Kekekabic Lake in the Boundary Waters in Minnesota

Canoer on Kekekabic Lake in the Boundary Waters in Minnesota

(The Center Square) – President Joe Biden’s administration wants to lead an electric vehicle (EV) revolution, but apparently doesn’t want domestic production of rare earth minerals vital to EVs.

The Biden administration announced a two-year study on a proposed Twin Metals copper-nickel mine in northeast Minnesota that could delay it for 20 years and stop one of the few planned copper-nickel mines in the nation while the U.S attempts to pivot to EVs from gasoline-powered internal combustion vehicles. 

The Bureau of Land Management requested a 20-year “mineral withdrawal” for 225,378 acres of National Forest System lands in the Rainy River Watershed from future leasing and exploration development.

"A place like the Boundary Waters should be enjoyed by and protected for everyone, not only today but for future generations," Interior Secretary Deb Haaland said in a statement. "Today the Biden Administration is taking an important and sensible step to ensure that we have all the science and the public input necessary to make informed decisions about how mining activities may impact this special place."

In a joint statement, Sen. Tom Bakk, I-Cook, David Tomassoni DFL-Chisholm, and Justin Eichorn, R-Grand Rapids, called the announcement a “slap in the face” to Northern Minnesotans.

“Our state, our country, and the world needs mining,” they said. “This short-sighted action will force us to become more reliant on cheap labor and environmentally damaging foreign mines. I side with the workers who would be employed at an operational mine over the voices from the political extreme. The administration should not put politics over science.”

The lawmakers pointed out the ban on Minnesota copper-nickel mining will force the United States to rely on minerals often mined by minors overseas in unsafe working conditions.

“This is about letting an established process go forward and working to obtain a national source of precious metals that the U.S. can rely on for its new-age, carbon-free economy,” they said. “Shutting down the process completely is shortsighted and costly to the American worker. It forces the U.S. to rely on foreign sources of metal mined by cheap labor, performed often times by 12 year-old children."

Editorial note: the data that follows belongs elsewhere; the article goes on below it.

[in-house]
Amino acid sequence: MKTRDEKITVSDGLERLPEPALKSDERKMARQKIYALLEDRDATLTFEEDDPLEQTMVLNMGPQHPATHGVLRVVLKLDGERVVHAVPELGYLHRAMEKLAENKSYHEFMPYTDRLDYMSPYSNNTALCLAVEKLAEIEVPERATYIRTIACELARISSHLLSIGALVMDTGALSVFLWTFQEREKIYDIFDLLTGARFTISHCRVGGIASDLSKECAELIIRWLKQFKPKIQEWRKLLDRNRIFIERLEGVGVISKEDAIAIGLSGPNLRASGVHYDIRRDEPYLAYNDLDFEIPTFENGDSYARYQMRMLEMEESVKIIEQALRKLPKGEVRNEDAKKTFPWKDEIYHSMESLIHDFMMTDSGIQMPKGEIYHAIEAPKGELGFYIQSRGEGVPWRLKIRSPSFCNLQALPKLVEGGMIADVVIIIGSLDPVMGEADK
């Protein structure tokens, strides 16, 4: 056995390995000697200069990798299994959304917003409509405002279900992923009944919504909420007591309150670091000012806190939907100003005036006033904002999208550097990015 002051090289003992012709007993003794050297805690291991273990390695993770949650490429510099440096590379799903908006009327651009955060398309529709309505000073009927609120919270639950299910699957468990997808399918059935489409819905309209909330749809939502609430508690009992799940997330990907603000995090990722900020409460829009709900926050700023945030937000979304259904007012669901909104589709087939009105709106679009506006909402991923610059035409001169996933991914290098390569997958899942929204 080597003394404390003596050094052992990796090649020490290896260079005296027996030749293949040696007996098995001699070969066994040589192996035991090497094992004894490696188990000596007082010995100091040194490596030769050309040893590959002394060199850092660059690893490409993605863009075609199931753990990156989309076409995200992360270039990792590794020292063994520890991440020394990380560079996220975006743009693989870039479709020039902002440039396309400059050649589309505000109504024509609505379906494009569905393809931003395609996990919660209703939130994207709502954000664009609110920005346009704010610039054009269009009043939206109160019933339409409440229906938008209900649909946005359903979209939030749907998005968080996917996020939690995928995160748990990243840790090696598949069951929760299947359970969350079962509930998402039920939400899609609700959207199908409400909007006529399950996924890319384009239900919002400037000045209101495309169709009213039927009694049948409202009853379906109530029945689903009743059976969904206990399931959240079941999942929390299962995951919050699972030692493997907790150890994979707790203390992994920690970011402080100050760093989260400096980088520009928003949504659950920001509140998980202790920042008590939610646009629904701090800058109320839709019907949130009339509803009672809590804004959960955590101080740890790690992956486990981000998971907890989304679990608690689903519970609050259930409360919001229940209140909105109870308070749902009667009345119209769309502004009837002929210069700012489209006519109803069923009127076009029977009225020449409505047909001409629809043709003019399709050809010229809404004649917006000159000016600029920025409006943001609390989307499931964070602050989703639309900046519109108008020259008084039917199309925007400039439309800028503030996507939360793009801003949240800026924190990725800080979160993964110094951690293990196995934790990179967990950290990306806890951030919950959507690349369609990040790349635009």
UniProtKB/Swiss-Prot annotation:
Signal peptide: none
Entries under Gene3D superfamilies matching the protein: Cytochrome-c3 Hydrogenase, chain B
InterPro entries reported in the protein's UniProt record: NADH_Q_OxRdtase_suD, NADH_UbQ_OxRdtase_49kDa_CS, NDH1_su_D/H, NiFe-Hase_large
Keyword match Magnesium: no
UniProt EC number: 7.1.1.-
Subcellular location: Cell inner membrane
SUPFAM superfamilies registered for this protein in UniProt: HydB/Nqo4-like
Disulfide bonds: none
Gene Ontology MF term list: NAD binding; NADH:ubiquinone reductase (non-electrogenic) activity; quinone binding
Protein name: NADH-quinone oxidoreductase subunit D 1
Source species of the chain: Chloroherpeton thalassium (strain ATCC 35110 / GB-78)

Biden’s infrastructure plan calls for widespread spending on EV charging stations. He promised to convert the U.S. government fleet’s roughly 640,000 vehicles to EVs. But EVs require lithium-ion, copper, cobalt and nickel obtained through mining.

Benchmark Minerals Intelligence estimates the Biden administration's plan could require a 12-fold increase in U.S. lithium production by 2030, as well as increases in domestic output of domestic copper, nickel and cobalt.

“You can’t have green energy without mining,” Mark Senti, chief executive of Florida-based rare earth magnet company Advanced Magnet Lab Inc, told Reuters. “That’s just the reality.”

The group “Jobs for Minnesotans” called the action “arbitrary,” saying it will cost the state billions of dollars in lost revenue for K-12 education and thousands of jobs.

“This action contradicts the Biden administration’s commitments to address the climate crisis, shore up domestic supply chains and bolster American jobs,” they said in a statement. “We cannot call for more electric vehicles and clean energy sources on one hand, and then shut out the domestic development of the very minerals needed to make this transition.”

Environmentalists welcomed the news.

“This is a win for clean water. A win for science, the law and for the millions of people who have experienced the wonder of the Boundary Waters,” Chris Knopf, executive director at Friends of the Boundary Waters Wilderness, said in a statement. “This national treasure needs to be protected through sound, scientific principles, not the whims of special interests or industry. Today, the Biden administration signaled it would do just that.”

Staff Reporter

Scott McClallen is a staff writer covering Michigan and Minnesota for The Center Square. A graduate of Hillsdale College, his work has appeared on Forbes.com and FEE.org. Previously, he worked as a financial analyst at Pepsi.